Siddhesh Joshi (Editor)

Bo Hi Pak

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Hangul  박보희
Name  Bo Pak
Hanja  朴普熙
Education  Georgetown University
Revised Romanization  Bak Bohui
Children  Julia Moon
McCune–Reischauer  Pak Pohui

Bo Hi Pak wwwnndbcompeople240000054078bohipakjpg
Books  Messiah: My Testimony to Rev. Sun Myung Moon

Dr. Bo Hi Pak Seoul Sunday Service September 16, 2012


Bo Hi Pak (born August 18, 1930, Korean: 박보희/朴普熙) is a prominent member of the Unification Church. During the 1970s and 1980s, he was a major leader in the church movement, leading projects such as newspapers (notably the Washington Times), schools, performing arts projects, political projects such as the anti-communist organization CAUSA International, and was president of the Unification Church International 1977-1991. He was also the president of Little Angels Children's Folk Ballet of Korea.

Contents

Bo Hi Pak How Well Do You Know Your Moon Bo Hi Pak and The Origins of KCFF

He was a lieutenant colonel in the South Korean military when he joined the church in the 1950s. Serving church founder Sun Myung Moon as his main English interpreter during speaking tours in the United States, he was referred to in the media as Moon's "right-hand man" (or similarly), such as "Moon's top deputy".

He was the central figure in Moon's publishing businesses, including founding President and Publisher, the News World (later renamed New York City Tribune); founding President and Chairman of the Board, the Washington Times Corporation; and President, World Media Association.

In 1977/1978, Pak testified before the Fraser Committee in its investigation of the Unification Church, commenting: "I am a proud Korean – a proud Moonie – and a dedicated anti-Communist and I intend to remain so the rest of my life." In response to the adversarial investigation, Pak wrote Truth is My Sword. Alexander Haig commented in the introduction: "From the battlefield of the Korean peninsula to the halls of the U.S. Congress, Dr. Pak's speeches mirror the convictions of an individual whose ardent sense of justice has always been the cornerstone of his advocacy of personal freedom and democracy."

In 1984 Pak was kidnapped in New York City and held for ransom. The FBI arrested the kidnappers, who claimed that the crime was an attempt to change Unification Church policy.

In 1987 at a church gathering, a Zimbabwean Unification Church member who was thought by Moon to be the continuous "channel" on earth for his deceased son Heung Jin Moon, "beat Bo Hi Pak so badly that he was hospitalized for a week in Georgetown Hospital." The Washington Post reported that "Later, Pak underwent surgery in South Korea to repair a blood vessel in his skull, according to Times executives."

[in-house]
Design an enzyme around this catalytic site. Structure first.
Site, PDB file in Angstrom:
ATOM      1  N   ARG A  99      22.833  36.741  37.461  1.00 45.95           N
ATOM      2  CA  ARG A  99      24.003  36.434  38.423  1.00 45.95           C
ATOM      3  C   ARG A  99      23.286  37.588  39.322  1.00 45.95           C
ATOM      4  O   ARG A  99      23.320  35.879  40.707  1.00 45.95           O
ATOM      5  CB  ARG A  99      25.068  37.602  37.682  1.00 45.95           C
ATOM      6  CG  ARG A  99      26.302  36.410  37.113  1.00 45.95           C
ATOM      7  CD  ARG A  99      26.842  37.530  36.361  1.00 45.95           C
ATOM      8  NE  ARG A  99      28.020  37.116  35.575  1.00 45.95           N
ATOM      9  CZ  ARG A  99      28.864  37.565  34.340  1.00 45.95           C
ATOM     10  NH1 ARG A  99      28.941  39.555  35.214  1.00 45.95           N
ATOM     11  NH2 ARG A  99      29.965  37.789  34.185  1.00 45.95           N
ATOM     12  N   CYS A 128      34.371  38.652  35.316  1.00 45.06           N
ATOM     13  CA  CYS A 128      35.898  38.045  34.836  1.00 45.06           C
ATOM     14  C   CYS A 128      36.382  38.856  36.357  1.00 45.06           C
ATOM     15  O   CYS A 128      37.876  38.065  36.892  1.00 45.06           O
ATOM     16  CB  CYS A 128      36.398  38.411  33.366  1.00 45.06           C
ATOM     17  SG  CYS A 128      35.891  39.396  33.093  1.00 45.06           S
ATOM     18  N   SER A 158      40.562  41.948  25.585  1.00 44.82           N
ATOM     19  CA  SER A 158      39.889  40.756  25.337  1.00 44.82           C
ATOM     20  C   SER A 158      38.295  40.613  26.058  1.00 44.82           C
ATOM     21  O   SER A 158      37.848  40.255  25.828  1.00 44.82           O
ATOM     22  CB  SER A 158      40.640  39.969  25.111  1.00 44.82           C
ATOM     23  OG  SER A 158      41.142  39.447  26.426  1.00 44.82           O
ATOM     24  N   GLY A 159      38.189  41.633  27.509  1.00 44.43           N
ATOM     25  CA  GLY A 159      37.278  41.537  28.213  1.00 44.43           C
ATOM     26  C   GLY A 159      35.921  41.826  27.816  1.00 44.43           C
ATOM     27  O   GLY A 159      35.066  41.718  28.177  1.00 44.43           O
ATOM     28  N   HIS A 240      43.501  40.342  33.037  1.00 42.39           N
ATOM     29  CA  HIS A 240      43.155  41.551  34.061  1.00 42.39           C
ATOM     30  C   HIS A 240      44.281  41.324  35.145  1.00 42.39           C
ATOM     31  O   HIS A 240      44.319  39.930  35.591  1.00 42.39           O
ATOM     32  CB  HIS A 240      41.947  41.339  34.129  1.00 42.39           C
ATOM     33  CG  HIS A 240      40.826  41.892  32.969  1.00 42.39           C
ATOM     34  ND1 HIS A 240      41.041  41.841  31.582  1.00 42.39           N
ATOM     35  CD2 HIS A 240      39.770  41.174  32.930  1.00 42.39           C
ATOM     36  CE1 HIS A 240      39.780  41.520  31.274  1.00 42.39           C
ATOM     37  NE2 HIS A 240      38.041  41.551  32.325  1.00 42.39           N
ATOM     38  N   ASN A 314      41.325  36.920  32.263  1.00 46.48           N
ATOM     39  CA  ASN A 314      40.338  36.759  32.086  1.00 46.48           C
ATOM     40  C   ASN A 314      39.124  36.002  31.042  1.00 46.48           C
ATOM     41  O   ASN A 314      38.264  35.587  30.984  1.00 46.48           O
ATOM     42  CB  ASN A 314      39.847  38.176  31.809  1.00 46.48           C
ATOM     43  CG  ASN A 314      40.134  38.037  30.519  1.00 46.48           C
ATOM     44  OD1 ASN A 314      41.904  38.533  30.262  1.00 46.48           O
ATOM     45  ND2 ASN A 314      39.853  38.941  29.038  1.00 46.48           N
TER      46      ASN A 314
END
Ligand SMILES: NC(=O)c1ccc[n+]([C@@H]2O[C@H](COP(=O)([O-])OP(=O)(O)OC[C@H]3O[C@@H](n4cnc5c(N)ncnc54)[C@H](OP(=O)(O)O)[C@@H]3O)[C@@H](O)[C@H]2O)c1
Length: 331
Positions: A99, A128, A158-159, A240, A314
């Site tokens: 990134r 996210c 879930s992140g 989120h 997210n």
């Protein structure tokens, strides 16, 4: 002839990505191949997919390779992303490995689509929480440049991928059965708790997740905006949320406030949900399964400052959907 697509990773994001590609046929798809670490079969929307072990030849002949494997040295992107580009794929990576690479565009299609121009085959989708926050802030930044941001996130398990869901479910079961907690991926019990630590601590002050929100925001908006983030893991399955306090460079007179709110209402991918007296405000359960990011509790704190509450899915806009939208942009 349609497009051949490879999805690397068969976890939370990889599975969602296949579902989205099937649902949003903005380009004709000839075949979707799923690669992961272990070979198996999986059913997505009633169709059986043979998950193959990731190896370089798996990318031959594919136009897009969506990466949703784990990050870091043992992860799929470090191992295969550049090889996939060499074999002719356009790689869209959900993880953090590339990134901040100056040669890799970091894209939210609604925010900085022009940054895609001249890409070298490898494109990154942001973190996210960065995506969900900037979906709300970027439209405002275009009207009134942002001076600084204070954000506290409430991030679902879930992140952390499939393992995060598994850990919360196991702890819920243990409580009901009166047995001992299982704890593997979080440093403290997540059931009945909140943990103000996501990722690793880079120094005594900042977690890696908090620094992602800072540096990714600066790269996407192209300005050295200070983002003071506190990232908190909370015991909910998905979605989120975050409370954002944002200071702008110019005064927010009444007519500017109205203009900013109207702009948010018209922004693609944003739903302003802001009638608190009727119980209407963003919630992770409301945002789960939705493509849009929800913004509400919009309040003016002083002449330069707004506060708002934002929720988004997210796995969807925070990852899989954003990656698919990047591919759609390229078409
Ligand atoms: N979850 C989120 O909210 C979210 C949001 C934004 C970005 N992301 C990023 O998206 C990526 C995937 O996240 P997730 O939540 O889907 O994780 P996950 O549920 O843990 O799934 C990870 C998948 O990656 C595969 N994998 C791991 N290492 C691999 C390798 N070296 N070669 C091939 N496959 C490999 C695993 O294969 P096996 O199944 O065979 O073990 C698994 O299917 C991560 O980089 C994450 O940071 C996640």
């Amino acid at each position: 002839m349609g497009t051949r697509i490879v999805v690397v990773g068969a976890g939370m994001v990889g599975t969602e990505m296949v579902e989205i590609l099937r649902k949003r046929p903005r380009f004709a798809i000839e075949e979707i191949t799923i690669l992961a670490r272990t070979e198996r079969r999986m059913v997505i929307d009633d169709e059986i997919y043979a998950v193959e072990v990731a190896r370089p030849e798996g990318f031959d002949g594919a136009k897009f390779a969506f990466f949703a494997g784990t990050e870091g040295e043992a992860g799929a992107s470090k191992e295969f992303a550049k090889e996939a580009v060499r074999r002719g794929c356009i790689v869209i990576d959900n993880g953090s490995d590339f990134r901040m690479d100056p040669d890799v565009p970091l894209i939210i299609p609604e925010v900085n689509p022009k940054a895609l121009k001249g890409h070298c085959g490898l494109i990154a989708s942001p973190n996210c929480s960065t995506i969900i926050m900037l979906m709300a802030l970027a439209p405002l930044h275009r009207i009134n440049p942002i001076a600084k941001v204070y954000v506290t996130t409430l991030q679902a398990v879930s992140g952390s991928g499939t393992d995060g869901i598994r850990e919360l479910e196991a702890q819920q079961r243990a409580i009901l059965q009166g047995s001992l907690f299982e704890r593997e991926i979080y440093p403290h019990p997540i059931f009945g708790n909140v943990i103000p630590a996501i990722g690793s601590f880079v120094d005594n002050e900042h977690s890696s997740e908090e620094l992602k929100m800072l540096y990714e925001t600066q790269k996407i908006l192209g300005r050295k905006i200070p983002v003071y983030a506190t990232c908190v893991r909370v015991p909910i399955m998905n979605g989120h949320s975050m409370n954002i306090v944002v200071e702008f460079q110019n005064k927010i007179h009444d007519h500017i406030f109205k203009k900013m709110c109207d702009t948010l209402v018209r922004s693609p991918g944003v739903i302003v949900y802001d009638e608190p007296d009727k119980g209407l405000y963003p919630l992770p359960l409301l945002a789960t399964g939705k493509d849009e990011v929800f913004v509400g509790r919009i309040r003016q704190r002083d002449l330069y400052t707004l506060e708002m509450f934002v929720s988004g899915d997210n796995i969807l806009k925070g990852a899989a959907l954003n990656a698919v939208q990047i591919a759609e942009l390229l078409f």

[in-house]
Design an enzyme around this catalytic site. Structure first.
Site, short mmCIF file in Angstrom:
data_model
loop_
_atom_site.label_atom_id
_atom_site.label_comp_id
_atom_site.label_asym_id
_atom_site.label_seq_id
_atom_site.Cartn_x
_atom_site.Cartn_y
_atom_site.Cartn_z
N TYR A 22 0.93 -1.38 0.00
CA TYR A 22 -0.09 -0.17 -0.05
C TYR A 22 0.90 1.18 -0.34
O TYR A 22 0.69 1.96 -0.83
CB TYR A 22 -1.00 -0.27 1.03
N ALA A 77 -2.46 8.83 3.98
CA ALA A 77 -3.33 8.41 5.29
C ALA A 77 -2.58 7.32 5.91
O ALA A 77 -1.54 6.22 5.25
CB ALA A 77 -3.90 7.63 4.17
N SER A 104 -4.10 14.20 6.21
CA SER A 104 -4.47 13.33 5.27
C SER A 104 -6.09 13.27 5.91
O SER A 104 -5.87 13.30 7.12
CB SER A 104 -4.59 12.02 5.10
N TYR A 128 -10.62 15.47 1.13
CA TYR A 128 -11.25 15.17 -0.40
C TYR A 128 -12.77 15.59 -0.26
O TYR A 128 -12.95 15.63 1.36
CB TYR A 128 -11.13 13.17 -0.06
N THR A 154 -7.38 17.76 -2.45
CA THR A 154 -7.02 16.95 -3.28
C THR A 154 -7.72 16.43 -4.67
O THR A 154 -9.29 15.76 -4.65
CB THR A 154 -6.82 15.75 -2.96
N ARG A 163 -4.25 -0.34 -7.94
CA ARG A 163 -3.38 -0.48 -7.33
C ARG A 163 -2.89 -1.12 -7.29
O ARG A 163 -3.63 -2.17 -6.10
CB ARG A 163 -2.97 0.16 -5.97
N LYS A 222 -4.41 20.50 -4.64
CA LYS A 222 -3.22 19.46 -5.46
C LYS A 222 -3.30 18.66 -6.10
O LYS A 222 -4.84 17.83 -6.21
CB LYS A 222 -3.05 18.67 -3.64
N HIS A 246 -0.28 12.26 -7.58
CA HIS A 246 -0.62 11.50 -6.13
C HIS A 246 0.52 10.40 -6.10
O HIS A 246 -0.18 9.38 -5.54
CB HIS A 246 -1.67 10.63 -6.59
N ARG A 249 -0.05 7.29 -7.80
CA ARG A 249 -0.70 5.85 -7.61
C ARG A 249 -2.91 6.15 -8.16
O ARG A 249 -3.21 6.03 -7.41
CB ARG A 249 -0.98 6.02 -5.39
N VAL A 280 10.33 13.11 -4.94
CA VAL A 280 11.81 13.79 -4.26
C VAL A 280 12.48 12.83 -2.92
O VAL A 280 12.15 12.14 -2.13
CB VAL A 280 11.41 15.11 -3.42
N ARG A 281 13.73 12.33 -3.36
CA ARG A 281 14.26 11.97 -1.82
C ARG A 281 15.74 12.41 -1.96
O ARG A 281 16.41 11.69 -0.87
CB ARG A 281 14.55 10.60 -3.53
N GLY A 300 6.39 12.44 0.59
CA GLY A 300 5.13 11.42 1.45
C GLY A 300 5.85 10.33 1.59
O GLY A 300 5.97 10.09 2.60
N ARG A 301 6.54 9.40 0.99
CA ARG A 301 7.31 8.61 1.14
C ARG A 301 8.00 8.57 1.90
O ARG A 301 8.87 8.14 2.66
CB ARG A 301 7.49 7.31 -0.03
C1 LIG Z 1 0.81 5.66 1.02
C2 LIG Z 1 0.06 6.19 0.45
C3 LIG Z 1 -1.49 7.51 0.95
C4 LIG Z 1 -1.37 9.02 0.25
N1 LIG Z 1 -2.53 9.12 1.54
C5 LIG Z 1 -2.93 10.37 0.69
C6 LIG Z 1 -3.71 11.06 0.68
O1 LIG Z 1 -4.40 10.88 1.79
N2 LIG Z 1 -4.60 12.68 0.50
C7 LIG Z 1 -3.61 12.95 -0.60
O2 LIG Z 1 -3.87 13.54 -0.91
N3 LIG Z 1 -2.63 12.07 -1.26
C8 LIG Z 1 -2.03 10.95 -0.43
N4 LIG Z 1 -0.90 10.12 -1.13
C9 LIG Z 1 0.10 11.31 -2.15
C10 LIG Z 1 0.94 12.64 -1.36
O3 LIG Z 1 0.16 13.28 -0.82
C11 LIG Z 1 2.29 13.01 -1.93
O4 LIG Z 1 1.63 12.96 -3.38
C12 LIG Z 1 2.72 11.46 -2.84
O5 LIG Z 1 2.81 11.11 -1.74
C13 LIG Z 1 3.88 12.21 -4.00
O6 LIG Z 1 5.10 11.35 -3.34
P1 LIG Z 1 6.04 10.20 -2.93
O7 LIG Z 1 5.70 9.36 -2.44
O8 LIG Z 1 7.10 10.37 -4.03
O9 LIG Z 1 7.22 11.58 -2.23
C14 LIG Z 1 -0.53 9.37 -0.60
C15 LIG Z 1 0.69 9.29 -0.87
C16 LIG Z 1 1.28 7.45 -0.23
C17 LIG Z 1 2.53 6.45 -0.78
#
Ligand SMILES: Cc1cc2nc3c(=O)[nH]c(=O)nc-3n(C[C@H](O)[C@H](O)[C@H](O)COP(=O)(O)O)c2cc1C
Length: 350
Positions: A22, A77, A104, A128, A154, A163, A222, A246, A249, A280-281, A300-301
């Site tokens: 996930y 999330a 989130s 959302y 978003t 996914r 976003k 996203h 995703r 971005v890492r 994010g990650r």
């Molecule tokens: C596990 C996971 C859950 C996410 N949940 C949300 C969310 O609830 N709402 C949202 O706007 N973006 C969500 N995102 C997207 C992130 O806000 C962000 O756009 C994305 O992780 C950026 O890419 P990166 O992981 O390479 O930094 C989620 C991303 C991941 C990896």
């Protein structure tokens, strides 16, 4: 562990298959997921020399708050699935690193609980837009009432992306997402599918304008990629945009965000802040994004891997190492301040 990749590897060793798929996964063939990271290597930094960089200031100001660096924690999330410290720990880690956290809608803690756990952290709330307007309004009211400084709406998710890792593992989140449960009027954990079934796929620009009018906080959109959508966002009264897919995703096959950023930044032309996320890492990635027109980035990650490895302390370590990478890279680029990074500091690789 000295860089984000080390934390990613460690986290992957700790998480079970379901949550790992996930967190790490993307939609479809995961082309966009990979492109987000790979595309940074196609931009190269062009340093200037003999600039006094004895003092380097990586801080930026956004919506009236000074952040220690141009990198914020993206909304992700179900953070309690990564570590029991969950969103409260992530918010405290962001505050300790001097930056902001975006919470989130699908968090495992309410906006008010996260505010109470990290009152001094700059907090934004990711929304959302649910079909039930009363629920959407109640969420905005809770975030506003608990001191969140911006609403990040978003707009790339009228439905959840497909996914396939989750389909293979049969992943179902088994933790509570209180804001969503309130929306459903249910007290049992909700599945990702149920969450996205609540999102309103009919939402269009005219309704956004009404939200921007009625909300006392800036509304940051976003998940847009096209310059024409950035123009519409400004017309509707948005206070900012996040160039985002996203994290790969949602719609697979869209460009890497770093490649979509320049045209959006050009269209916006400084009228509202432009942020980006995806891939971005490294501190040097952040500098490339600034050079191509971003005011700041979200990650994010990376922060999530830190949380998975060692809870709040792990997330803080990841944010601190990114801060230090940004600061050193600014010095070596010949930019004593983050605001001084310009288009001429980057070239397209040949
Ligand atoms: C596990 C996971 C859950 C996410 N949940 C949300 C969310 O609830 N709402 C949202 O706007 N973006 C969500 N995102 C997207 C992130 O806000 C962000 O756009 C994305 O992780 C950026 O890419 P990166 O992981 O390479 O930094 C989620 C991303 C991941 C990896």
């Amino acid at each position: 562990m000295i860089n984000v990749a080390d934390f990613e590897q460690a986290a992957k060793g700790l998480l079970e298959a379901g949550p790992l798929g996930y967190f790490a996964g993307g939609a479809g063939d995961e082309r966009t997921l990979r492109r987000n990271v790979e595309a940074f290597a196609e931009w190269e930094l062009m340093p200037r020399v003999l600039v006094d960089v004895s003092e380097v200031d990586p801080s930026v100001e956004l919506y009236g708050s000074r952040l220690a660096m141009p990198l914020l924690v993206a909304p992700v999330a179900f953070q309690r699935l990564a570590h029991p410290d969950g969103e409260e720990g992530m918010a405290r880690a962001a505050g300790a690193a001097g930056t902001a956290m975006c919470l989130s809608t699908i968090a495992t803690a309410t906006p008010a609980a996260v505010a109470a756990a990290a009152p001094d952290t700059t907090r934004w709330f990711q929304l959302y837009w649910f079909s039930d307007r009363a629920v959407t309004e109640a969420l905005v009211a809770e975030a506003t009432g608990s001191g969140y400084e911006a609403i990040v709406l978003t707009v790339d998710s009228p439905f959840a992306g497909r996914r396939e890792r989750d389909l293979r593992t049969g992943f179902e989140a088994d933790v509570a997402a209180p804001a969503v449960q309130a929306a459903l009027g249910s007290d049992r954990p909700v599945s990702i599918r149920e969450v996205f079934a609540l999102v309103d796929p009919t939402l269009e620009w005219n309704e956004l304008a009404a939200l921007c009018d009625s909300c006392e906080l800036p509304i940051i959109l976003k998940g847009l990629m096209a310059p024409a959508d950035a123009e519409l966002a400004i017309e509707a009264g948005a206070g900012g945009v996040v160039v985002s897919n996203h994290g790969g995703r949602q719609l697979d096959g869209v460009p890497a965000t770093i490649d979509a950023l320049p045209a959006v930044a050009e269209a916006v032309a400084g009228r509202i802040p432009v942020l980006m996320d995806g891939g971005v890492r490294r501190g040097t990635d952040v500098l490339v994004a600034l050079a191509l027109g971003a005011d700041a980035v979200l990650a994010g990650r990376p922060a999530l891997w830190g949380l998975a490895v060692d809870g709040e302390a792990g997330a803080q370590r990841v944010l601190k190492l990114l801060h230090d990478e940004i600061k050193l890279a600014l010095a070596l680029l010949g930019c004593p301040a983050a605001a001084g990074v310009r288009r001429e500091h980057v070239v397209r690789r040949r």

In 1994, Pak visited North Korea to attend the funeral of President Kim Il Sung, risking legal trouble by the South Korean government in doing so. In 1998 he visited again, leading a trade delegation representing Unification Church interests with the blessing of the South Korean government.

On July 20, 2004 the Eastern Seoul District Prosecutor imprisoned Dr. Pak and charged him with financial fraud because he was unable to repay his debts to Korean businessmen. In 2006, Pak was released on probation after serving 2 years and 3 ½ months. On November 6, 2006, he sent a letter to be distributed by Unification Church publications worldwide to give an account of his experiences in prison. In the letter he wrote:

Being able to live to the age of 76 was already a great blessing, but in my physical condition, I could not conceive how I would be able to serve time in prison until I became 81. I thought of John the Baptist 2000 years ago. He came with the mission to bear witness about Jesus but ended up dying in prison. I, Bo Hi, have lived with the conviction that I was born with the mission of John the Baptist for the time of the Second Advent. If it was my mission and destiny to die in prison in order to indemnify the failure of the first John the Baptist, then I was resolutely determined to solemnly receive my fate.

La verdad es mi espada crnl bo hi pak en el congreso de los eeuu


References

Bo Hi Pak Wikipedia


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